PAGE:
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I'm using Assimp to do skeletal animation in my OpenGL application.

I used Blender to export this one-boned model to a COLLADA file: one-boned model

The model has only one bone, called arm bone, that controls the arm mesh. All the other meshes are static.

I made several structures and classes that help me play animations. All the nodes are added to an std::vector of Node objects. each Node contains aiNode data and a toRoot matrix. The bone hierarchy is encapsulated in a Skeleton class, and the animation matrix (T * R) are updated for each bone in a class called Animation.

My Model::Draw() function is this:

void Model::draw()
{
    //iterate through all animation sets. if the animation is running, update the bones it affects.
    for(size_t i = 0; i < _animations.size(); i++)
        if(_animations[i].running())
            _animations[i].updateAnimationMatrices(&_skeleton);

    //calculate Bone::finalMatrix for each bone
    _skeleton.calculateFinalMatrices(_skeleton.rootBone());

    //iterate through the nodes and draw their meshes.
    for(size_t i = 0; i < _nodes.size(); i++)
    {
        _shaderProgram.setUniform("ModelMatrix", _nodes[i].toRoot());

        _nodes[i].draw();
    }
}

To get the "animationMatrix" for each bone (the TR matrix) I call Animation::updateAnimationMatrices(). Here's what it looks like:

void Animation::updateAnimationMatrices(Skeleton *_skeleton)
{
    double time = ((double)_timer.elapsed() / 1000.0);
    while(time >= _animation->mDuration) time -= _animation->mDuration;

    //iterate through aiNodeAnim (called channels) and update their corresponding Bone.
    for(unsigned int iChannel = 0; iChannel < _animation->mNumChannels; iChannel++)
    {
        aiNodeAnim *channel = _animation->mChannels[iChannel];
        Bone *bone = _skeleton->getBoneByName(channel->mNodeName.C_Str(), _skeleton->rootBone());

        //rotation
        glm::mat4 R = ... //calculate rotation matrix based on time

        //translation
        glm::mat4 T = ... //calculate translation matrix based on time

        //set animation matrix for the bone
        bone->animationMatrix = T * R;
        bone->needsUpdate = true;
    }
}

Now in order to calculate the "finalMatrix" for each bone (based on animationMatrix, offsetMatrix etc..), and upload it to the vertex shader, I call Skeleton::calculateFinalMatrices().

void Skeleton::calculateFinalMatrices(Bone *root)
{
    if(root)
    {
        Node *node = _getNodeByName(root->name->C_Str());
        if(node == nullptr) {
            std::cout << "could not find corresponding node for bone: " << root->name->C_Str() << "\n";
            return;
        }

        if(root->needsUpdate) //update only the bones that need to be updated (their animationMatrix has been changed)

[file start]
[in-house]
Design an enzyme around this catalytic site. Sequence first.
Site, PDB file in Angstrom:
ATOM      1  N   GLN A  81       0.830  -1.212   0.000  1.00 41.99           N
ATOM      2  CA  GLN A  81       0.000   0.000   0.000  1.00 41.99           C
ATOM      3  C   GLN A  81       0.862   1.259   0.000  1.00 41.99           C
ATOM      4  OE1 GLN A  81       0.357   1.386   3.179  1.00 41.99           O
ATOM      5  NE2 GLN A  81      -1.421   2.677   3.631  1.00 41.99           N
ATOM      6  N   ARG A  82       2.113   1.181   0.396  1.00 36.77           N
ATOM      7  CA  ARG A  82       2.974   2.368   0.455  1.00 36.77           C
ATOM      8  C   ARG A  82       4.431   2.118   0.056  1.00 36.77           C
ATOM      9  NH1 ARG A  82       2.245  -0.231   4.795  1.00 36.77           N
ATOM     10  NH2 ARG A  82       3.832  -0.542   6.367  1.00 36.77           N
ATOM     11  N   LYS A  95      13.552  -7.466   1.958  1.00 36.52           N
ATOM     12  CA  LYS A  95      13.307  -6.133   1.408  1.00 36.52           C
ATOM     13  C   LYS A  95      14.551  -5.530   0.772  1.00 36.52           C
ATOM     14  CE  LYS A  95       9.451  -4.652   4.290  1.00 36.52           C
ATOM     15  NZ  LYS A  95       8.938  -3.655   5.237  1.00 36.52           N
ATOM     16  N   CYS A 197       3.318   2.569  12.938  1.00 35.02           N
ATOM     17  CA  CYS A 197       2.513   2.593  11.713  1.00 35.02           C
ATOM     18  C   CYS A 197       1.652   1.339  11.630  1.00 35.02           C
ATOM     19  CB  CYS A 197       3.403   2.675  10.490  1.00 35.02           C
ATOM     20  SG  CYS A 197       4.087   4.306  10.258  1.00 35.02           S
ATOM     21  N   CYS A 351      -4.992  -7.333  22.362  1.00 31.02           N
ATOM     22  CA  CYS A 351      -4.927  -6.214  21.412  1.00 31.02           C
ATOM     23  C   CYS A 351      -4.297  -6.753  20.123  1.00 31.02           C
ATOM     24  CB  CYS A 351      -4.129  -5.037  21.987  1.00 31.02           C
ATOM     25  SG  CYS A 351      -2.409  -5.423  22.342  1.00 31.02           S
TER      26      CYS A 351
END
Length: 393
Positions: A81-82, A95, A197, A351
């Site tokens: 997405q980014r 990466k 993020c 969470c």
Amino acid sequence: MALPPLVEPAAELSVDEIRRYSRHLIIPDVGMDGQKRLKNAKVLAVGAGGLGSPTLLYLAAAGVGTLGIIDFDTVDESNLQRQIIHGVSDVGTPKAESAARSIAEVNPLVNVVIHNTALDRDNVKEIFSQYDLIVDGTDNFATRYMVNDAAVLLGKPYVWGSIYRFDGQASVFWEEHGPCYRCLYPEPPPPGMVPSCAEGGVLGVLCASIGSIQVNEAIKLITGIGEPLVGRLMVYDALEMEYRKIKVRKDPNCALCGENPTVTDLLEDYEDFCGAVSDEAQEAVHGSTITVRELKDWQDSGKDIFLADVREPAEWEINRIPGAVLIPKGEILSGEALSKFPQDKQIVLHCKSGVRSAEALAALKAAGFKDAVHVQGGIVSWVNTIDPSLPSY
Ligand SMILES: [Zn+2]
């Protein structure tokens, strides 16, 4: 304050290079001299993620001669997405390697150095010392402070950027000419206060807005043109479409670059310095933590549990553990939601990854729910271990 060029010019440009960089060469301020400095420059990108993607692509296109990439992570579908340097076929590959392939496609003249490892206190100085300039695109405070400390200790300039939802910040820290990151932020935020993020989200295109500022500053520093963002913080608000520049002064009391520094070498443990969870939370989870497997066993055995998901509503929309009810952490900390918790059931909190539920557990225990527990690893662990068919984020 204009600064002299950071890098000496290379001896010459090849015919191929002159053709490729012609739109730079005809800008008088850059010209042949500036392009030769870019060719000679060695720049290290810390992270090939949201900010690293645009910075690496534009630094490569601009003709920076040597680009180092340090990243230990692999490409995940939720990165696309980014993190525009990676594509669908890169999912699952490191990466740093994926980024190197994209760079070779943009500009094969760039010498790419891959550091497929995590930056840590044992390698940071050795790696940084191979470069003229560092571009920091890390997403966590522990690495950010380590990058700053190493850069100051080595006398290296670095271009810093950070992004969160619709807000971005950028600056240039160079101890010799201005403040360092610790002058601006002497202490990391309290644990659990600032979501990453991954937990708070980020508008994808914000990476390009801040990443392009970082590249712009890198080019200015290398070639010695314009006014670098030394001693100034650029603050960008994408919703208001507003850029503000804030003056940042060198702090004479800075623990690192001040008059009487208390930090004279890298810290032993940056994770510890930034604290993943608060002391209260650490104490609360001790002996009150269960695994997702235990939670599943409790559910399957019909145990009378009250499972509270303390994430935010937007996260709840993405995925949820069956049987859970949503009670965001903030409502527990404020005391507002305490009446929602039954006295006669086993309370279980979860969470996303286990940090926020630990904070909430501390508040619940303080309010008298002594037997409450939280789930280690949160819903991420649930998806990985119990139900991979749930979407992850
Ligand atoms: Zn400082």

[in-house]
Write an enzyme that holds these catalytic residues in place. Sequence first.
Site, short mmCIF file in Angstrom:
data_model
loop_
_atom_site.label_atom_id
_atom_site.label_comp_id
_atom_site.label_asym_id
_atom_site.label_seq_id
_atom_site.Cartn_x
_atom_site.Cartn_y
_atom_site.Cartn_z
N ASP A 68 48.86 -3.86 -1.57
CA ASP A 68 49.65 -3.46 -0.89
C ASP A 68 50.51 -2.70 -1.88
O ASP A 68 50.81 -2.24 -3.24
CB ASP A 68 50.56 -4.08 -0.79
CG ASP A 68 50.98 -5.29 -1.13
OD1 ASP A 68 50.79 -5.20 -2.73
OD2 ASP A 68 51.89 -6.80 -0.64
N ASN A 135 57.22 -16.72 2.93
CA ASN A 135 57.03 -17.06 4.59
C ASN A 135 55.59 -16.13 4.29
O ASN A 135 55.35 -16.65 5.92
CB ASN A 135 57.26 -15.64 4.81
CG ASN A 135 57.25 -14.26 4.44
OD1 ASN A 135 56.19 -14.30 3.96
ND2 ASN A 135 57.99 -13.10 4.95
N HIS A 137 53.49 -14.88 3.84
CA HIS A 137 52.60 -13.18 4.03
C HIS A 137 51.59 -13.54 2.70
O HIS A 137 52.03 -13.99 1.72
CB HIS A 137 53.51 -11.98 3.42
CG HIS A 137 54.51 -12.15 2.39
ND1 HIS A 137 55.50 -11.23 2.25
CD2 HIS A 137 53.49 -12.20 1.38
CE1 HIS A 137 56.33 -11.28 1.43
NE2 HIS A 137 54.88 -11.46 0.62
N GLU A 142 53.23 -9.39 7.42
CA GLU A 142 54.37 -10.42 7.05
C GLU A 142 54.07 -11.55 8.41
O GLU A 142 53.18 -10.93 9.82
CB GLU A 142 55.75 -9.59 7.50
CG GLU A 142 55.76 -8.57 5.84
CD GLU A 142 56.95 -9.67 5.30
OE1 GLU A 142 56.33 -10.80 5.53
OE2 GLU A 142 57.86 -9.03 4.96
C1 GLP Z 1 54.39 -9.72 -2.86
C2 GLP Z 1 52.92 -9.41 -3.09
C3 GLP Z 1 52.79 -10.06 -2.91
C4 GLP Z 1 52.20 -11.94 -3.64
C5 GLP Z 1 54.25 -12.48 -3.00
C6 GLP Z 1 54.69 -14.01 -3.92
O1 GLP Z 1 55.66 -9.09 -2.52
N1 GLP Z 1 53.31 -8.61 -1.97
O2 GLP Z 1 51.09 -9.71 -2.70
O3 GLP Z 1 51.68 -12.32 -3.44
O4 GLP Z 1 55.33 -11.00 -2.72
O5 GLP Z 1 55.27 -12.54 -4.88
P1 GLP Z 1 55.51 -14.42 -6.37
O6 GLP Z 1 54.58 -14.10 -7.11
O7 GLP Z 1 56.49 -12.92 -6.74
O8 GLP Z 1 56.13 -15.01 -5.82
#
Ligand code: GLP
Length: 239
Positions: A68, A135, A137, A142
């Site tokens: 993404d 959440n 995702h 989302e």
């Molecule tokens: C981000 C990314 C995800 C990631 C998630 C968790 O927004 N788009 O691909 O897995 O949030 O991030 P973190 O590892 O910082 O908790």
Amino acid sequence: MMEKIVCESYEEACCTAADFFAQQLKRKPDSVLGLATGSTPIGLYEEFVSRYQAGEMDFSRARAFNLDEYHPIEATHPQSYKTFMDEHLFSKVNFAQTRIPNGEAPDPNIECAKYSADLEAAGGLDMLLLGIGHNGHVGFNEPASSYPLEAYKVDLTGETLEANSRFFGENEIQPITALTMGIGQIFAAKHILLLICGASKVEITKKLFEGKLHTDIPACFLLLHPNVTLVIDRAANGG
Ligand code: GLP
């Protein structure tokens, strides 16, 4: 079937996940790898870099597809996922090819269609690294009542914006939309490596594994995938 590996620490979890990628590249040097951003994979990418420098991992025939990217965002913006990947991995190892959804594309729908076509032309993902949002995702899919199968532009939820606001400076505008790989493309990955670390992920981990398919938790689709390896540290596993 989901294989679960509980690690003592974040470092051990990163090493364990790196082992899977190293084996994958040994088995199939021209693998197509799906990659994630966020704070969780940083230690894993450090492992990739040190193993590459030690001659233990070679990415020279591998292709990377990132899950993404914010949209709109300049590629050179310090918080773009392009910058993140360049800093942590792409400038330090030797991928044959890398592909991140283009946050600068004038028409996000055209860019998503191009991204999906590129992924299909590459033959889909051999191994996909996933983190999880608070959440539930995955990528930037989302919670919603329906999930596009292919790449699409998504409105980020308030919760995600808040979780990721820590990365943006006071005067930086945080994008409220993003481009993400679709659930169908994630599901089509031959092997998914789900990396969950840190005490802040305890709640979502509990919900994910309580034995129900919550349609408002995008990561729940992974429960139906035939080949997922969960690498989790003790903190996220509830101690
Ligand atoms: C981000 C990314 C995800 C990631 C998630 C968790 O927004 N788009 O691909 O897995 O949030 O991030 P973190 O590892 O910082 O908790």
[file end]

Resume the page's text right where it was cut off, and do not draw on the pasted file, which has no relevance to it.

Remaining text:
{
            root->finalMatrix = root->animationMatrix * root->offsetMatrix;

            //upload the bone matrix to the shader. the array is defined as "uniform mat4 Bones[64];"
            {
                std::string str = "Bones[";

                char buf[4] = {0};
                _itoa_s(root->index, buf, 10);

                str += buf;
                str += "]";

                _shaderProgram->setUniform(str.c_str(), root->finalMatrix);
            }

            root->needsUpdate = false;
        }

        for(unsigned int i = 0; i < root->numChildren; i++)
            calculateFinalMatrices(root->children[i]);
    }
}

Here's my bone structure, if it helps.

My glsl vertex shader is pretty standard. Here it is.

And finally, here's the result I get: (ignore the model's static legs. that must be some bug in the Blender exporter). enter image description here

And here's the result I should get: (using a 3d party software) enter image description here

It looks like there's something wrong with the bone's matrix calculation, although I don't know what. Any ideas or tips?

Thanks!

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  • \$\begingroup\$ It seems like you're ignoring your bind matrix? This is a great tutorial that was fundamental in getting my own COLLADA based renderer to work \$\endgroup\$ – Panda Pajama May 13 '15 at 9:44
  • \$\begingroup\$ What's the bind matrix? I'm using the offsetMatrix that is also called the inverse bind pose matrix. Is that it? \$\endgroup\$ – Pilpel May 13 '15 at 9:48
  • \$\begingroup\$ Are you transposing the inverse bind matrix (root->offsetMatrix) somewhere? Collada has them in row major and your multiplication order suggests column major. \$\endgroup\$ – rudy May 26 '15 at 14:26
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Read this through and my best guess is that there is something wrong here:

root->finalMatrix = root->animationMatrix * root->offsetMatrix;

How is offsetMatrix calculated? And what is it supposed to do (I know somekind of offset).

Would also like to see these calculations:

//rotation
glm::mat4 R = ... //calculate rotation matrix based on time

//translation
glm::mat4 T = ... //calculate translation matrix based on time

From what you have showed my guess is that root->offsetMatrix translates the arm away from origo to somewhere (maybe the position where u would like it to be). And then root->animationMatrix first takes the inverse of root->offsetMatrix and then puts the rotation you want on that.

For a quick try, see if this works:

root->finalMatrix =  root->offsetMatrix * root->animationMatrix * root->offsetMatrix;

Although this has some extra calucation atm (if it is like I think it might be), but you will quickly find out if it works.

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